3 Story: The Secret History of the Giant Man by Matt Kindt

Matt Kindt’s short and very poetic story of a modern life Gulliver, a fictitious gentle ever-growing giant lost in the post-war 50s, 60s and the 70s in the US is very nostalgic, melancholic and even somewhat sad. A tale of three women – his single mother, widow of a WWII vet, his wife, shrinking and diminishing by the day, locked in a tower of glass and steel, and his daughter who grew fatherless – all of whom eventually lost him, gave up on his deformity – or rather, they were finding ways of coping with it, which included, inter alia parting ways. 

Beautifully scripted and drawn, it requires a certain slow-food like approach, savoring it bit by bit – otherwise you speed though those bare 200 pages, chew on them and digest, and zas, the story (well, the third story) ends. Don’t rush. 


Нью-Йоркская азбука Александра Флоренского

Одна из одиннадцати книг питерского художника Александра Флоренского в серии Азбука, его карандашно-угольно-графические зарисовки-травелоги из разных городов. Нью-Йорк близок моему сердцу, раз два лета (2017 и 2019 я провёл там) – хоть и не со всеми выборами букв у Александра я согласен. 

А “W” так вообще повеселила страшно. Не знаю как в 2015 году, а в 2019 Williamsburg could easily be called Hisptersburg.

 


Patience by Daniel Clowes

Patience, Daniel Clowes‘ 2016 story on travel in time, a hectic run to save a pregnant girl from imminent murder, 2012, 2029, 2006, 1985, and 2012 again, is a colorful and witty tale, which, sadly, reeks of its background liberal and socialist agenda, aiming to solve all the injustices in this world by violence and even more injustice.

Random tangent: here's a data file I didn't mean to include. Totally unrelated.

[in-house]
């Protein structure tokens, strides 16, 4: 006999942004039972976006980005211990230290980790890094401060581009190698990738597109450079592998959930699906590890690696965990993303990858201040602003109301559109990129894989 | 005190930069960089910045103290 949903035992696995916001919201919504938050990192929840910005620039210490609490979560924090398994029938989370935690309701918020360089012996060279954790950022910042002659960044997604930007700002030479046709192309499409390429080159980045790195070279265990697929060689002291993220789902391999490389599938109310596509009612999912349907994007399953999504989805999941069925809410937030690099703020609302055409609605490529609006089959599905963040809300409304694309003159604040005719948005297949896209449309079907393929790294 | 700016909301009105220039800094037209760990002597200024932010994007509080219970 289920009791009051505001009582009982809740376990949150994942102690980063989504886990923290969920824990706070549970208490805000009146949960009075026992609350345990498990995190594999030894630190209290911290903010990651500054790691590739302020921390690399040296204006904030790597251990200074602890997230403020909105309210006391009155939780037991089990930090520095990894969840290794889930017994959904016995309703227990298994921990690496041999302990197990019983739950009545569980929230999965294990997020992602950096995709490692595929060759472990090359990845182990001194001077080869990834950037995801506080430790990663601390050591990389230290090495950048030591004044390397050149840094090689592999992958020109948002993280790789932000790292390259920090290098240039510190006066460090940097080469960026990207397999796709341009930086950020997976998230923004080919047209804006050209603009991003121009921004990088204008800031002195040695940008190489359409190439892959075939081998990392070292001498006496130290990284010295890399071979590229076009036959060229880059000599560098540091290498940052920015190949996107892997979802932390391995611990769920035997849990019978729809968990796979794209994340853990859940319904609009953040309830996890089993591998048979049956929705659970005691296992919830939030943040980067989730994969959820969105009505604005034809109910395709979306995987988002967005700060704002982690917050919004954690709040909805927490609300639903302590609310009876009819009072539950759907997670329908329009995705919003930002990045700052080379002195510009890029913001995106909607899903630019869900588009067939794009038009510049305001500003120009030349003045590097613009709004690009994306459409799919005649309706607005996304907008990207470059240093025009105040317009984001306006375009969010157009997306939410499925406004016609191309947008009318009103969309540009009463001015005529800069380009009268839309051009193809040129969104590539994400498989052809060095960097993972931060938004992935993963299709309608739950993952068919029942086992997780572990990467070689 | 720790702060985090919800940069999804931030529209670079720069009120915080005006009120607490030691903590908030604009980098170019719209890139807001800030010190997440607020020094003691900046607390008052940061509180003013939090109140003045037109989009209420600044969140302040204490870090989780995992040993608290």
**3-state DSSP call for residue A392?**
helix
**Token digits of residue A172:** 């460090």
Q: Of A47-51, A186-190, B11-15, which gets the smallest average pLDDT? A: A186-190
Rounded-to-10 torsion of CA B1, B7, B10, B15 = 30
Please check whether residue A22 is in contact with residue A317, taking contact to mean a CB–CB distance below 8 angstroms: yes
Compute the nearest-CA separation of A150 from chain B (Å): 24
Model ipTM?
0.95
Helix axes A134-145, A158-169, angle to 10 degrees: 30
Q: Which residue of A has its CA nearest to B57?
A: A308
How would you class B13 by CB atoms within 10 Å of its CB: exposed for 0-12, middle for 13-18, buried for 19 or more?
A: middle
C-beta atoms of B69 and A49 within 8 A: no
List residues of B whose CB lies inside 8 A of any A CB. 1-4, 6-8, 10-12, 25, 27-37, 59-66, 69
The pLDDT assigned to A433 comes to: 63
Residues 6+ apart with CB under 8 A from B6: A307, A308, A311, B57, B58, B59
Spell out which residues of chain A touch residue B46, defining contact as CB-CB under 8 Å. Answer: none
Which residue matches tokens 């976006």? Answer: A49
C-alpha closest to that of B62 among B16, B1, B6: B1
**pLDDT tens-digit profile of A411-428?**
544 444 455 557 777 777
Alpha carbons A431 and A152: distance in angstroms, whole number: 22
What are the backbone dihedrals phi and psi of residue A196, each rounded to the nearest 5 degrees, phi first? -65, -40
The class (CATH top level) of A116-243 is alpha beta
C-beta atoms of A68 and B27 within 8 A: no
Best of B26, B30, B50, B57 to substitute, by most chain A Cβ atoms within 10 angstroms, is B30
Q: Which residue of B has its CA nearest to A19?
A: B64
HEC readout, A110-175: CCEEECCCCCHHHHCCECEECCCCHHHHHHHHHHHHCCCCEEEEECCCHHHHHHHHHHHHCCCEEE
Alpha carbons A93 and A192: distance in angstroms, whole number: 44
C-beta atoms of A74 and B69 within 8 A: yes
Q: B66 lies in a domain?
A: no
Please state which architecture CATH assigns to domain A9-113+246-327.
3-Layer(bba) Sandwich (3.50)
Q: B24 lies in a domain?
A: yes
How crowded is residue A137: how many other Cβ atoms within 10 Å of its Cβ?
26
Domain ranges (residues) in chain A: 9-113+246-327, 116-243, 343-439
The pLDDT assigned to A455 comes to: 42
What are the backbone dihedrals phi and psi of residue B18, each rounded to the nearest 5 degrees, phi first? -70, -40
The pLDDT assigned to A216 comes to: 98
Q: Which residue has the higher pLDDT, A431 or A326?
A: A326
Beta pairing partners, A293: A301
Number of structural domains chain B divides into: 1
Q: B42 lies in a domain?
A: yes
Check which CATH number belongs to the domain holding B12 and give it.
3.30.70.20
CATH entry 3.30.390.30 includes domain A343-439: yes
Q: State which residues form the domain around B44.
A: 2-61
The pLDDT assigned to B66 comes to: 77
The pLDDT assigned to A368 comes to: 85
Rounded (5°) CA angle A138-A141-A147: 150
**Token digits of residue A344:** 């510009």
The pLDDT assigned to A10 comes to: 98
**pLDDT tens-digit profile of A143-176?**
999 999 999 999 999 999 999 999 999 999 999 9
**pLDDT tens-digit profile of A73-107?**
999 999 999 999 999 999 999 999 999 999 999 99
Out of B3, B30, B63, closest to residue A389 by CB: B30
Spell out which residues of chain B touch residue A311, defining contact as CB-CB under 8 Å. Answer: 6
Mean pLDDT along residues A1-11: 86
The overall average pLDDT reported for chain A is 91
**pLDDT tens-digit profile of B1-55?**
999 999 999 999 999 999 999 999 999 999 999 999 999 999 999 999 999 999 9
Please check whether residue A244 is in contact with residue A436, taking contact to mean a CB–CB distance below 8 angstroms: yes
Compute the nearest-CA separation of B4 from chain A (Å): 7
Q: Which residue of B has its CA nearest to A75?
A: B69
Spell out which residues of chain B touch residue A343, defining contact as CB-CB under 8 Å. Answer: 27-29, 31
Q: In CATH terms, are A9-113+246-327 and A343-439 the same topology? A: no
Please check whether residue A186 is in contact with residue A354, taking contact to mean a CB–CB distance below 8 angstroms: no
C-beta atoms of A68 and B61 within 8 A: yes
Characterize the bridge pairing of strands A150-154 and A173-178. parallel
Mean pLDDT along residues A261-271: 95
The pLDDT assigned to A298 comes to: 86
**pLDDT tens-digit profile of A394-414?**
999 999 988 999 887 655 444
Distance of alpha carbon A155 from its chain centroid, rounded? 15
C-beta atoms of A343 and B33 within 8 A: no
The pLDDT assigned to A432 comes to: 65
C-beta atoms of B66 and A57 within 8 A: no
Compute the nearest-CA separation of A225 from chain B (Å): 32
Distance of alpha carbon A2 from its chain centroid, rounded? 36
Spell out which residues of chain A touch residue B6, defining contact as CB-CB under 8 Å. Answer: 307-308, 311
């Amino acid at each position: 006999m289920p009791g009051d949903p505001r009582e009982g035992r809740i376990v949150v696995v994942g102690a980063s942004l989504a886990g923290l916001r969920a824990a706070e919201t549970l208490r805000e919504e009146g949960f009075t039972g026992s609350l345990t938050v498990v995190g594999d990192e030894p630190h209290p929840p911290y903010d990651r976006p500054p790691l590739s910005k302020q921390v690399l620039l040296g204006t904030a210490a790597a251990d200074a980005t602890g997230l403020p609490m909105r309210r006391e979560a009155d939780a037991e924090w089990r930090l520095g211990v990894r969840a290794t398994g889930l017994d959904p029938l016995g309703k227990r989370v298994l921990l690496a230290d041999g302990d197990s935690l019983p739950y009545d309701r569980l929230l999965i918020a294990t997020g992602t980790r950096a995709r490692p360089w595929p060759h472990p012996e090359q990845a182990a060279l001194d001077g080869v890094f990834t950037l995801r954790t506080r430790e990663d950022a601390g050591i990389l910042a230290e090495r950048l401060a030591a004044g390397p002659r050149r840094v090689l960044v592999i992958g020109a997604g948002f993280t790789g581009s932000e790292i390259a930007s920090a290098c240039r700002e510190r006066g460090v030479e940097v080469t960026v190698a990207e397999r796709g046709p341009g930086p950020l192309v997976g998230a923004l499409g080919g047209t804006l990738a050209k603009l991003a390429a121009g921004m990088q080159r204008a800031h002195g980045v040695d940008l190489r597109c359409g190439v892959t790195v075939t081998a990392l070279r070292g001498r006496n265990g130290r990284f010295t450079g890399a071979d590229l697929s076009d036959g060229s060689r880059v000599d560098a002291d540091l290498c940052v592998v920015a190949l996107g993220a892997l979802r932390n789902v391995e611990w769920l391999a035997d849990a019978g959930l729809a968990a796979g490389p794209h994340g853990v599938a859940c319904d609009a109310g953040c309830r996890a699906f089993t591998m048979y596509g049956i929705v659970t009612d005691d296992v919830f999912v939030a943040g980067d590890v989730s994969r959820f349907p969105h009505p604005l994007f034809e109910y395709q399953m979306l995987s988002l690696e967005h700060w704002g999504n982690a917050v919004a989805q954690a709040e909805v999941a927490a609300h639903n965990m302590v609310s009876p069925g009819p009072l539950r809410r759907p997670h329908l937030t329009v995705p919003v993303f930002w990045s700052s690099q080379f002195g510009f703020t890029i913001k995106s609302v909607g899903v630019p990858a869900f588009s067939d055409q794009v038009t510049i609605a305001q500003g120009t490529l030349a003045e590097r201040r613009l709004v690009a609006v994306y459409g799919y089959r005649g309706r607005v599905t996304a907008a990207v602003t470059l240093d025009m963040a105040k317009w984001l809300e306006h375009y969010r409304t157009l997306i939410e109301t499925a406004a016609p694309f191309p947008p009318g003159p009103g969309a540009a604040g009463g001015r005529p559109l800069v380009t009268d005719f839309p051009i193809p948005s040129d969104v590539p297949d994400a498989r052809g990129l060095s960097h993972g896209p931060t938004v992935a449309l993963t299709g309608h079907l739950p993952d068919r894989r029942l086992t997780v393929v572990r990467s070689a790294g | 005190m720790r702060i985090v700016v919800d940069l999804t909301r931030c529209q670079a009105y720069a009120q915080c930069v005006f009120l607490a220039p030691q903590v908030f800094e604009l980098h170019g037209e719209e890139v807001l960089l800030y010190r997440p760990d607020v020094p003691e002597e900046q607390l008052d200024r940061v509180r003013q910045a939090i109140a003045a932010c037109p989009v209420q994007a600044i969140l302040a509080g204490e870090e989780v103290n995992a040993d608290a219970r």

Clever and fast-paced, without doubt, but there are way too many science fiction novels on the matter that could easily best it. Say, All You Need is Kill is a great example.


The Wild Party by Joseph Moncure March and Art Spiegelman

Wow, such a wholesome, rhythmic, totally jazzed-up poem from the roaring twenties, a true gem by Joseph Moncure March, then managing editor of the recently established The New Yorker magazine, spiced up with Art Spiegelman’s black and white drawings of 1994.

First published in 1926, two years before Bertolt Brecht’s similarly tuned Three-Penny Opera hit the stage, in those careless final years of laugher and prosperity before the Great Depression and War, this short barely a hundred-page long smashed up, sexed up, and cocked up narrative drama of a lovers’ fight, seduction, jealousy and vengeance in a bubbling new New York apartment, propped against a totally Gatsbian wild party atmosphere, is definitely the best piece of frivolous poetry I’ve read in a while.

Queenie was a blonde, and her age stood still,

And she danced twice a day in a vaudeville.

Lip-smacking, invigorating, well ahead of its time, and quite contemporary today.


Reflections of a Wine Merchant by Neal Rosenthal

img_0401-2Following in tracks of Kermit Lynch’s spectacular Adventures on the Wine Route, probably the best wine book ever written, out almost a decade and a half before Reflections, Neal Rosenthal shares this colorful memoir of his early days as an NYC wine importer and retailer, traveling across France and Italy in times long gone, when no-one knew who, for instance, Hubert Lignier or Paolo Bea were.

A funny read, riddled with anecdotes and full of tales about a handful of cult producers, yet it is also a brilliant discussion on the shortcomings of the modern wine trade, about a battle between quality, tradition and legacy with sales, vogue and technology, putting a wedge between classic and natural wines vs their commercial and rather soulless adversaries.